The Southbank Centre announces its first digital Unlimited festival programme, a five-day event featuring dance, performance, comedy, film, talks, workshops and art that celebrates the artistic vision of disabled artists.
Born out of the 2012 Cultural Olympiad to coincide with the London Paralympic Games, the biennial festival predominantly showcases works commissioned by Unlimited, one of Arts Council England’s strategic diversity initiatives, delivered by the disability-led arts organisation Shape Arts and producing organisation Artsadmin.
Unlimited festival highlights include:
Critically acclaimed powerful dance duet 111, featuring Joel Brown (Candoco Dance Company) and Eve Mutso (former principal dancer of Scottish Ballet) as they explore their different strengths and vulnerabilities. The title refers to the number of vertebrae Brown and Mutso have between them.
A new hip-hop film, Here / Not Here, which explores British Sign Language, Krump street dance, football, and Visual Vernacular. The film, directed by award-winning filmmaker and deaf artist Bim Ajadi, written by Jonzi D, artistic director of Breakin’ Convention, is a unique collaboration with the film’s professional and non-professional, deaf and hearing cast.
Online exhibition Reasonable Adjustment – The Disabled Armed Resistance Movement showcases artefacts Justin Edgar has collected over 30 years to document the Reasonable Adjustment movement, which took place in the late 1980s by a group of disabled activists who fought Margaret Thatcher’s government and an oppressive medical establishment to gain disabled rights.
The Microscope Sessions invites a live audience to witness a painting emerge through an evolving game of consequences, cross-pollination and contamination by artists Rhiannon Armstrong and Tim Spooner, who co-create a painting in real time.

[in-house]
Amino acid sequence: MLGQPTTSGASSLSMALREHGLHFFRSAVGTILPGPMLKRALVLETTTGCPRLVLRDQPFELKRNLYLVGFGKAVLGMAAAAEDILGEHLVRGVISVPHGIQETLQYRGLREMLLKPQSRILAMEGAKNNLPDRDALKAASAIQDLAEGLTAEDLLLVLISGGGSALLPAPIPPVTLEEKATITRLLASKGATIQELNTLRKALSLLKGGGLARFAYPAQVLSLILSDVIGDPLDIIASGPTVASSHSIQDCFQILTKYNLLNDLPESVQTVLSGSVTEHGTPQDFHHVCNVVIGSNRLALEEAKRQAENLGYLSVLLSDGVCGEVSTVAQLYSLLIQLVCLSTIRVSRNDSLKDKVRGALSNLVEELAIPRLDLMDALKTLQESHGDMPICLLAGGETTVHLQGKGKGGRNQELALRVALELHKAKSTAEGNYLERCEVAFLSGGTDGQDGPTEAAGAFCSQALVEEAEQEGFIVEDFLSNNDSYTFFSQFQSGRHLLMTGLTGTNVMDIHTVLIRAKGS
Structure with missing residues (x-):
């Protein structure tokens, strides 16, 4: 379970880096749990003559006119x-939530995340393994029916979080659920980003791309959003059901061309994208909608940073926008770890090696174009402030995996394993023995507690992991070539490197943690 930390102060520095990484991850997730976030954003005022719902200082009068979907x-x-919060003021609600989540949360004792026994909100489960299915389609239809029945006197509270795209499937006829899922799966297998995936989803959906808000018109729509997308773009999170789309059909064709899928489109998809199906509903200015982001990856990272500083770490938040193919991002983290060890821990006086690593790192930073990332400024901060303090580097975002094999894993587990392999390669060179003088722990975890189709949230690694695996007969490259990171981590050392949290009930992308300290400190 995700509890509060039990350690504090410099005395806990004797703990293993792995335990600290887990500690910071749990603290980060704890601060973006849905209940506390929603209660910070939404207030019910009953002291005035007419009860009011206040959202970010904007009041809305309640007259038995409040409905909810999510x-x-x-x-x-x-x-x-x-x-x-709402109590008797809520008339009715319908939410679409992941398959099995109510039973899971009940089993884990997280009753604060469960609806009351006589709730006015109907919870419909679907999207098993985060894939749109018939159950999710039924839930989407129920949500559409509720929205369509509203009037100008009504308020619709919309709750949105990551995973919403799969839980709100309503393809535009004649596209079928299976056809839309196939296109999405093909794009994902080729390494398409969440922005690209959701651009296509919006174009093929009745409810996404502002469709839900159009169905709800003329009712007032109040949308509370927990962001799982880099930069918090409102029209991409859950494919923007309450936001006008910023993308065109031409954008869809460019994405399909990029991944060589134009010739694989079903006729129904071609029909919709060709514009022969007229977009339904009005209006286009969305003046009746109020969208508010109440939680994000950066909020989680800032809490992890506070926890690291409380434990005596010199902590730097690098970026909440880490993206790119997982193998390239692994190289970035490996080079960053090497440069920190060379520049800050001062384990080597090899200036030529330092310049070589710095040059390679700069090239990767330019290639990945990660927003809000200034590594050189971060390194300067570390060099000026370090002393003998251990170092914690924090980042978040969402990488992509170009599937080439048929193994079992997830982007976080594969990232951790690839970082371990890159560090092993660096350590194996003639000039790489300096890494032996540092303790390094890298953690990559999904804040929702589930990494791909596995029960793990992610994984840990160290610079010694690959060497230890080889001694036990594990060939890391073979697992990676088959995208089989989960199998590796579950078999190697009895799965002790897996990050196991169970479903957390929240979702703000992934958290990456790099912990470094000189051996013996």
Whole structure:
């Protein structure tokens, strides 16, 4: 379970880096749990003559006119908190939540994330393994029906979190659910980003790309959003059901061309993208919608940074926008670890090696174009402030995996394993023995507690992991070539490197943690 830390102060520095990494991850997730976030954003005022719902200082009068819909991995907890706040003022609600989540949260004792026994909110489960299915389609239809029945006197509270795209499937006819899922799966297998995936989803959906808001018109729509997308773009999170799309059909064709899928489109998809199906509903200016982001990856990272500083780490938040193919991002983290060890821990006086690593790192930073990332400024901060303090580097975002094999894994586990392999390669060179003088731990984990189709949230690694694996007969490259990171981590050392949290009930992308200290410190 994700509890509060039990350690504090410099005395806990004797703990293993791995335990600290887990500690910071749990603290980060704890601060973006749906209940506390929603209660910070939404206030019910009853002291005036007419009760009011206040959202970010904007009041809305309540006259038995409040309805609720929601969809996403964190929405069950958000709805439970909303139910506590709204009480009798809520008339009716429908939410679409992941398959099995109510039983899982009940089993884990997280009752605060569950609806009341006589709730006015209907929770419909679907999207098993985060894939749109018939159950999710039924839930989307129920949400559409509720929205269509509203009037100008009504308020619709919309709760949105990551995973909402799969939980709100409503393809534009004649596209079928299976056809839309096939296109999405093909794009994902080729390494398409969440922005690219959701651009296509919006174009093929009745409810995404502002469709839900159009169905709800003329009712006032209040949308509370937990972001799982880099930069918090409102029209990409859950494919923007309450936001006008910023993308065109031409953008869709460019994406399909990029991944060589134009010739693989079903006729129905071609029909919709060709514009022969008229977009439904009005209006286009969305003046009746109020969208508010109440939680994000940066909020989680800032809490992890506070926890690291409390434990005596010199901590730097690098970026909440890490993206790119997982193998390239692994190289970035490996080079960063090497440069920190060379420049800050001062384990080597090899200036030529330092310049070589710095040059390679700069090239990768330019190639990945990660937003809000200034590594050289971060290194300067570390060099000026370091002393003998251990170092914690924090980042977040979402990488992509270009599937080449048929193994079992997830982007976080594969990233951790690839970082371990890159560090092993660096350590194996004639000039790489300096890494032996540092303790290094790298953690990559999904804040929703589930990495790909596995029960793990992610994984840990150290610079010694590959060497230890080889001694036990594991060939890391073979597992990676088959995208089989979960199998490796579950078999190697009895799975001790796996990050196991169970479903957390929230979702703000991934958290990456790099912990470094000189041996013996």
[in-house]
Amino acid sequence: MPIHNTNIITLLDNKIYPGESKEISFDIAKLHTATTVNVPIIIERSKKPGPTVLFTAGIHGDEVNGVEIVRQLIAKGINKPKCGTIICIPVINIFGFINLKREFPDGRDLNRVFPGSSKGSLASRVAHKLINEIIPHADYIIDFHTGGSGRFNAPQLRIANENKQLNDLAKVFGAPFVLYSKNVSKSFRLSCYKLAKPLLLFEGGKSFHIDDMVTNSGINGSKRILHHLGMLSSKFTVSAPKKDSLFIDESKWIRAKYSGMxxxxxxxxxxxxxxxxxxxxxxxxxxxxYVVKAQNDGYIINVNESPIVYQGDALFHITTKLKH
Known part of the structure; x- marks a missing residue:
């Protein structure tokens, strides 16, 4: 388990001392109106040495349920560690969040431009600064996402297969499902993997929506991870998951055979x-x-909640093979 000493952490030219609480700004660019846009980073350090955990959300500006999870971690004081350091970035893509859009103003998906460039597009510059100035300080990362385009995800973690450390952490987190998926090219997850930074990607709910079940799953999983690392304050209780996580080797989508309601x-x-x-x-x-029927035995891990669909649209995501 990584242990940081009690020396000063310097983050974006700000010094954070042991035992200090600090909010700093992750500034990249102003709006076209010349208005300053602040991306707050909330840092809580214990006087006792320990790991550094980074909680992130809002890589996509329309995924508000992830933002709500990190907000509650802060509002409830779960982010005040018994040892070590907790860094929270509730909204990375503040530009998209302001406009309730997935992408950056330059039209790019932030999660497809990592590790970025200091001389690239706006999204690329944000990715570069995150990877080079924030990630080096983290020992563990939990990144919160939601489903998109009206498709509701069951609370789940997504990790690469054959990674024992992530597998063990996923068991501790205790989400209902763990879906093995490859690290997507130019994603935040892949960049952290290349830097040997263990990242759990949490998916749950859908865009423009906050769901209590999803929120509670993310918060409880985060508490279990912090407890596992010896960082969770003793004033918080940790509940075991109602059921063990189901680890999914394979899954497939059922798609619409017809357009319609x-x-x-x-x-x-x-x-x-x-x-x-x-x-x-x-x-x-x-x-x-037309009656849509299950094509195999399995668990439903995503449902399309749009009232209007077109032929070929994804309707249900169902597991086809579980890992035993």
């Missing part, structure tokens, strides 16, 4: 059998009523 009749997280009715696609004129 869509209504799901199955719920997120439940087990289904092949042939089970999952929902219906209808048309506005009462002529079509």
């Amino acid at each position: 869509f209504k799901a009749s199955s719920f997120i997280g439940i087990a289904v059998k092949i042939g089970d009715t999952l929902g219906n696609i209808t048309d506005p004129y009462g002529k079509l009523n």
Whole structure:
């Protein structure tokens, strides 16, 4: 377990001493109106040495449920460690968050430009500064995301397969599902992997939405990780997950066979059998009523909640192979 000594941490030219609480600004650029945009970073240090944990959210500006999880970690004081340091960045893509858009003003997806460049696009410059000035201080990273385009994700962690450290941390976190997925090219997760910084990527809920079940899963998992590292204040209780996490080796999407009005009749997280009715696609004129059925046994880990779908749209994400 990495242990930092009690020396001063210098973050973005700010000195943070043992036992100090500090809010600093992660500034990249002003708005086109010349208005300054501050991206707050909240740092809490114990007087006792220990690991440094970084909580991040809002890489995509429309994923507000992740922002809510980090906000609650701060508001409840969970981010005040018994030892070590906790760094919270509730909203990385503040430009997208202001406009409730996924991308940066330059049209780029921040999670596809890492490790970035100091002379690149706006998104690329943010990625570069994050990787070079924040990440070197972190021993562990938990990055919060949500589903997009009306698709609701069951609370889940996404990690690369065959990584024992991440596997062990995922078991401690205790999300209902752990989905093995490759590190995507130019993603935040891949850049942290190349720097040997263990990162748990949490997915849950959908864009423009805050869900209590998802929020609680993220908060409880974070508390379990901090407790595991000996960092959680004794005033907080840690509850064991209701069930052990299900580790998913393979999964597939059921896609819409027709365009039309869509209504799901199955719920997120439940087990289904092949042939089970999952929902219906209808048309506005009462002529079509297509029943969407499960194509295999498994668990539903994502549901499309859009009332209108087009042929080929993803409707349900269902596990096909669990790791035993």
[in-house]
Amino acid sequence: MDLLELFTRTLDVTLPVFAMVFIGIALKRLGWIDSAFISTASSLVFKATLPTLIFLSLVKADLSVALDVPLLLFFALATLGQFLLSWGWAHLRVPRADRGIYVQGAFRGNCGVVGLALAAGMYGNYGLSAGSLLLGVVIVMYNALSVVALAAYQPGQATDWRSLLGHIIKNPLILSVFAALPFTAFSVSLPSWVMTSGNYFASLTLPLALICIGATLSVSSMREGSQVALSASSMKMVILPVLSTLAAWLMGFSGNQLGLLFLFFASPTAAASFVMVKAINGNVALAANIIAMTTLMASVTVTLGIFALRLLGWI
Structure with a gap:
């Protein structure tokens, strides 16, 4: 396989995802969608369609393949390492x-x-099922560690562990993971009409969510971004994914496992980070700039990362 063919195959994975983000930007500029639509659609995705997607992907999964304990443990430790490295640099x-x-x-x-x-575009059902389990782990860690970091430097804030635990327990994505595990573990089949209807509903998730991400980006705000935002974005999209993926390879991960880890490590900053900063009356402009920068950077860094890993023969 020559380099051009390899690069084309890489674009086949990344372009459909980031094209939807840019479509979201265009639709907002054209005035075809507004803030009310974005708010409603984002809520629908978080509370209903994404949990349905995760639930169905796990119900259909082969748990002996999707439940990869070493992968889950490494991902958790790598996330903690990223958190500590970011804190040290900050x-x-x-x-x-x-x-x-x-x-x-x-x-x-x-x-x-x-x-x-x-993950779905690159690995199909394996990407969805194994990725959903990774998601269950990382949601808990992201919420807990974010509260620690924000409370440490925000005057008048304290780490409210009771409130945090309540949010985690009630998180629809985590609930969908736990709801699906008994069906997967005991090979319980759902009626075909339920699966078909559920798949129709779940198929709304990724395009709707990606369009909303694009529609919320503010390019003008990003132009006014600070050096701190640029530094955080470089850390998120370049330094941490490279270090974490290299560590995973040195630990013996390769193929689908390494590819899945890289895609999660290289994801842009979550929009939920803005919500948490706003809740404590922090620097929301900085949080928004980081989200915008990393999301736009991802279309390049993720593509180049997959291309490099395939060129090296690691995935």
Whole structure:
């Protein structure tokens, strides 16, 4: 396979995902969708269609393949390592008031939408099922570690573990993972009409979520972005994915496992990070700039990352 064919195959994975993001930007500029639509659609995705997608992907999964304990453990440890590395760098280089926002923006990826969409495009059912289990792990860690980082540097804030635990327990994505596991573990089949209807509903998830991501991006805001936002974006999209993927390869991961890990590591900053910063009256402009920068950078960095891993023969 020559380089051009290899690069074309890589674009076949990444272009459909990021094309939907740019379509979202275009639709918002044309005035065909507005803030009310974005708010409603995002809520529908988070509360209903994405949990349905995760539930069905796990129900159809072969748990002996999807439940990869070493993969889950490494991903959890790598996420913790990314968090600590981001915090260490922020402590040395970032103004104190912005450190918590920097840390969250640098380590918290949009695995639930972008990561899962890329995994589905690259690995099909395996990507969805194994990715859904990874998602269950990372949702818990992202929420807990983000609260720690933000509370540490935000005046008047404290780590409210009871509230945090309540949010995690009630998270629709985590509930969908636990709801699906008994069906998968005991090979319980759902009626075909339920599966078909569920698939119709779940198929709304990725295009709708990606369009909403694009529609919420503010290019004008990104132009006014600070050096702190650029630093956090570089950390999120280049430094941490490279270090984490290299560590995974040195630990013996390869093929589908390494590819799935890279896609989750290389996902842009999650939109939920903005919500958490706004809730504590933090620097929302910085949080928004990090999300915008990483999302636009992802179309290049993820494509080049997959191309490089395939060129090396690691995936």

I Was Naked, Smelling of Rain, a performance by Aidan Moesby, is an artistic response to the physicality of weather, dis/connectedness and being ‘alone’ or ‘lonely’. The piece explores the impact of the external physical and social weather on our internal psycho-emotional weather and at a critical point of the climate change and mental health crises.
Autistic green drag queen Oozing Gloop presents a one-off adaptation of GLOOPTOPIA with NewFrontEars, a live exploration into cultural stagnation and political hope. This new piece of work challenges the notion that people with autism struggle with social imagination.
Alongside the digital programme will be an outdoor exhibition on site at the Southbank Centre, Unseen, by artist Suzie Larke. Using constructed imagery, Larke combines photographs to create pieces that challenge the notion of reality and defy logic.
Unlimited runs from 13 – 17 January 2021. Find full listings and further information here.
Featured image: Justin Edgar, Reasonable Adjustment – The Disabled Armed Resistance Movement, 2021
Naila Scargill is the publisher and editor of horror journal Exquisite Terror. Holding a broad editorial background, she has worked with an eclectic variety of content, ranging from film and the counterculture, to political news and finance.